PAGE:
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Serving Northern St. Louis County, Minnesota

Ely Community Health Center: The coronavirus 101

Keith Vandervort
Posted 3/25/20

ELY – A presentation on the coronavirus planned for this week by the Ely Community Health Center at Tuesday Group was cancelled, ironically, because of the quickly spreading pandemic.In fact, …

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Ely Community Health Center: The coronavirus 101


ELY – A presentation on the coronavirus planned for this week by the Ely Community Health Center at Tuesday Group was cancelled, ironically, because of the quickly spreading pandemic.
In fact, Tuesday Group gatherings, as well as many other events around the community, have been put on hold for the next several weeks or even longer out of an abundance of caution to slow the spread of the disease in the community.
Jon Erickson, executive director of the Community Health Center, provided his presentation to the Timberjay to help inform readers on this global crisis.
“I am sure most everyone has read something about the current coronavirus and how quickly this virus has been expanding throughout the world, including the United States,” Erickson said. As of early this week, there were no reported local cases of the coronavirus. “It is never to late to start our preparations should an outbreak of COVID-19 occur in the Arrowhead Region,” he said.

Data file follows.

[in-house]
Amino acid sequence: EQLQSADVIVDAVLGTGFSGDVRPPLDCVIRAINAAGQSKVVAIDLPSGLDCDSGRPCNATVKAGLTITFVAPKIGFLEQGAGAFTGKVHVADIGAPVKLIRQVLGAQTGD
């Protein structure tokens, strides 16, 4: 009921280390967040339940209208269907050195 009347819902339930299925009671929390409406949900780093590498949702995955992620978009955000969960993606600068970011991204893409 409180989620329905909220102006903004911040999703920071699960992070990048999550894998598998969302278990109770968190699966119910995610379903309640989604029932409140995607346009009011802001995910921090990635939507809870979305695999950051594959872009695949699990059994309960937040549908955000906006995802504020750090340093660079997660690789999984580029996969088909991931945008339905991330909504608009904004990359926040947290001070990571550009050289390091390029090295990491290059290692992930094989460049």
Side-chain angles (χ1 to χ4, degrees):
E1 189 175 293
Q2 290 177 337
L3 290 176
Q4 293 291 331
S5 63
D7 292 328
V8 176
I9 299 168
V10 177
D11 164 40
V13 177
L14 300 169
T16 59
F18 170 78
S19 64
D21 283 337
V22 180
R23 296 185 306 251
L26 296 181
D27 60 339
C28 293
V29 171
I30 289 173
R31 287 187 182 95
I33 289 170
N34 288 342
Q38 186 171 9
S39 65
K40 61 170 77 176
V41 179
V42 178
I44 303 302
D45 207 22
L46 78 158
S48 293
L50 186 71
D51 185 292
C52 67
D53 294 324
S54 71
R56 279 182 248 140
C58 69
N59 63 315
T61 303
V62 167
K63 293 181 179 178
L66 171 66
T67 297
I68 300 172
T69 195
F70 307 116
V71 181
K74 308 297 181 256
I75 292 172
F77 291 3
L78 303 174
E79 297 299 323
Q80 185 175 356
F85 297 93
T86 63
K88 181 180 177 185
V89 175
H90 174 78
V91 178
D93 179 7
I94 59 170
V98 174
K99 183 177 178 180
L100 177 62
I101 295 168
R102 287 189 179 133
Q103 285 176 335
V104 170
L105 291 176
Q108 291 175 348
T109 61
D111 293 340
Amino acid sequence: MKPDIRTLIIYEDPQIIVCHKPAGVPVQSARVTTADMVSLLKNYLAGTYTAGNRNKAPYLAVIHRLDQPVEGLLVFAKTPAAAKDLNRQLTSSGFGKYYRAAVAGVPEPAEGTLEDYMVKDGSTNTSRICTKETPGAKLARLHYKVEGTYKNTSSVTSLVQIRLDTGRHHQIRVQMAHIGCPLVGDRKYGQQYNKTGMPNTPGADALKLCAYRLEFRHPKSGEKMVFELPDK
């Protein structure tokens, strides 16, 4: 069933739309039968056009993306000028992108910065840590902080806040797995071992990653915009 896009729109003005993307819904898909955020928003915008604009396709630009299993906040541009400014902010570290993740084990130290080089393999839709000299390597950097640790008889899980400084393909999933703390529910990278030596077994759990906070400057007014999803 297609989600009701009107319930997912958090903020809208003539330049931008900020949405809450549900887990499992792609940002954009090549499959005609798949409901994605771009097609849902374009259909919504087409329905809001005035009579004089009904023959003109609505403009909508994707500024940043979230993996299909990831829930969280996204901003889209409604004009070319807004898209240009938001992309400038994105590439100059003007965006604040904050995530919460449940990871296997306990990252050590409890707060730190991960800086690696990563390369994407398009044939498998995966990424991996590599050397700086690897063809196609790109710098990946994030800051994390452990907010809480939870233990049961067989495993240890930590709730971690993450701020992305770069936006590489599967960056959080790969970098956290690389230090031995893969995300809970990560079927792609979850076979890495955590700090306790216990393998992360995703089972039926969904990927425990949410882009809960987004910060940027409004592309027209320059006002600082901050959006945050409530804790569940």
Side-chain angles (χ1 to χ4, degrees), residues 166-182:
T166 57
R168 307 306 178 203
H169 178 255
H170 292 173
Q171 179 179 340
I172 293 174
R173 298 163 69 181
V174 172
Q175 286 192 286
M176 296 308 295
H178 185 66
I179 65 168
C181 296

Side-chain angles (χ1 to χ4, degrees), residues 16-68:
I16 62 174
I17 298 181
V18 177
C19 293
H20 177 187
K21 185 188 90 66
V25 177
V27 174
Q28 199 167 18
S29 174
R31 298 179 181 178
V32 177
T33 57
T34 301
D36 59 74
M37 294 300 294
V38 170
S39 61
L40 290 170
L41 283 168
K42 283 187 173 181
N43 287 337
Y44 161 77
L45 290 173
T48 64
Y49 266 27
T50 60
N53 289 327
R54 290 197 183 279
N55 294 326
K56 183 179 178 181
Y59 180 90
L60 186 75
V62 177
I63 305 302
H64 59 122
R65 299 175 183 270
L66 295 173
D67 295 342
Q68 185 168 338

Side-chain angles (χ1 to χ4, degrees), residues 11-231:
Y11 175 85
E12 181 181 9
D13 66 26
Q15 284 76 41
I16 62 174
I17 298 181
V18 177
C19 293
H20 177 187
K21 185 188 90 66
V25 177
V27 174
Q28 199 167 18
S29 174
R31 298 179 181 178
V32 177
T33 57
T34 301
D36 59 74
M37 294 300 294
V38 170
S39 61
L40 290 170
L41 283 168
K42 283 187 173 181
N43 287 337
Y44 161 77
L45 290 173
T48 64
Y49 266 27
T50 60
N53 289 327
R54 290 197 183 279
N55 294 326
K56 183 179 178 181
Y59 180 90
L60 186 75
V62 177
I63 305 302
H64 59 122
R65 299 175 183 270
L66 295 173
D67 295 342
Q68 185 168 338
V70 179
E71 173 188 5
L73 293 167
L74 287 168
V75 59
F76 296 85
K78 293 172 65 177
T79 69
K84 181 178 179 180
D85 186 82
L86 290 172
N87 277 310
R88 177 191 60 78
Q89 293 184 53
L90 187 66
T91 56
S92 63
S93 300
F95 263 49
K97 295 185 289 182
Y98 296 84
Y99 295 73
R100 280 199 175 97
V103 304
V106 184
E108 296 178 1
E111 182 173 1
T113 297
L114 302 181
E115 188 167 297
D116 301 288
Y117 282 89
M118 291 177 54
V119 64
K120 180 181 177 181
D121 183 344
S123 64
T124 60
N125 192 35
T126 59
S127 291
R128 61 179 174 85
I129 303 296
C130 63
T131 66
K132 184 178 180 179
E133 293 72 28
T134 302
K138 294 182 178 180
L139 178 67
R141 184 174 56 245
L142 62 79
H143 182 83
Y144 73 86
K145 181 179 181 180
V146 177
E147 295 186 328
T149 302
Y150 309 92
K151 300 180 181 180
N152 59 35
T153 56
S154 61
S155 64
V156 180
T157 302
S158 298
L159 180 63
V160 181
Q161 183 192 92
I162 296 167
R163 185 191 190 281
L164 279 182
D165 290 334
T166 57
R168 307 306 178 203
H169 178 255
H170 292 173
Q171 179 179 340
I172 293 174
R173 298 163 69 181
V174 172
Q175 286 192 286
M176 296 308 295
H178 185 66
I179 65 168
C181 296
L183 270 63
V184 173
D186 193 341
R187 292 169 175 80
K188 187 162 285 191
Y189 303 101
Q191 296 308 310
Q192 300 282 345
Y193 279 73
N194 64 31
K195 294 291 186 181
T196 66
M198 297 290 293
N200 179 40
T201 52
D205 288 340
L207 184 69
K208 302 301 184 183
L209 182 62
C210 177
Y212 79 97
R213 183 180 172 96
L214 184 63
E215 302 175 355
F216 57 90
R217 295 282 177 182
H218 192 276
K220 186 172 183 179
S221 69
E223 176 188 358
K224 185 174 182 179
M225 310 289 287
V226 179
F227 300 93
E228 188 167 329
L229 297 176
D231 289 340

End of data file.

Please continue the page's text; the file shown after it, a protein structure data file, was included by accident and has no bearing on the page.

The Ely Community Health Center has created an email newsletter to provide the residents of Ely and the surrounding areas with timely and frequent updates on the status of the outbreak. Sign up for this newsletter at
The term “corona” is Latin for crown because “under a microscope these viruses look like a crown with spikes ending in little blobs,” Erickson said. “This coronavirus is a newly-discovered virus. It causes a disease called COVID-19.”
Last week, the World Health Organization branded COVID-19 as a pandemic rather than an epidemic. “The word epidemic isn’t necessarily always associated with a disease, virus, or other infection. When used as a noun, it means ‘a temporary prevalence of a disease’ or ‘a rapid spread or increase in the occurrence of something,’” he said.
“A pandemic is essentially an epidemic that has spread even further outside of its epicenter, but as a term, it’s more specific to a biological event,” Erickson said. “When used as a noun, the word specifically means a pandemic disease, whereas, when used as an adjective, it broadens a bit to either, prevalent throughout an entire country, continent, or the whole world; epidemic over a large area or simply “general [and] universal.”
He added, “If something is spreading like wildfire, it’s an epidemic. If something has already spread like wildfire and is currently massive in its reach and impact, it’s a pandemic.”
Coronaviruses are a large family of viruses that are common in people and many different species of animals, including camels, cattle, cats, and bats. Rarely, animal coronaviruses can infect people and then spread between people such as with MERS-CoV, SARS-CoV, and now with this new virus (named SARS-CoV-2), renamed COVID-19, according to Erickson. “The SARS-CoV-2 virus is like MERS-CoV and SARS-CoV. All three of these viruses have their origins in bats,” he said.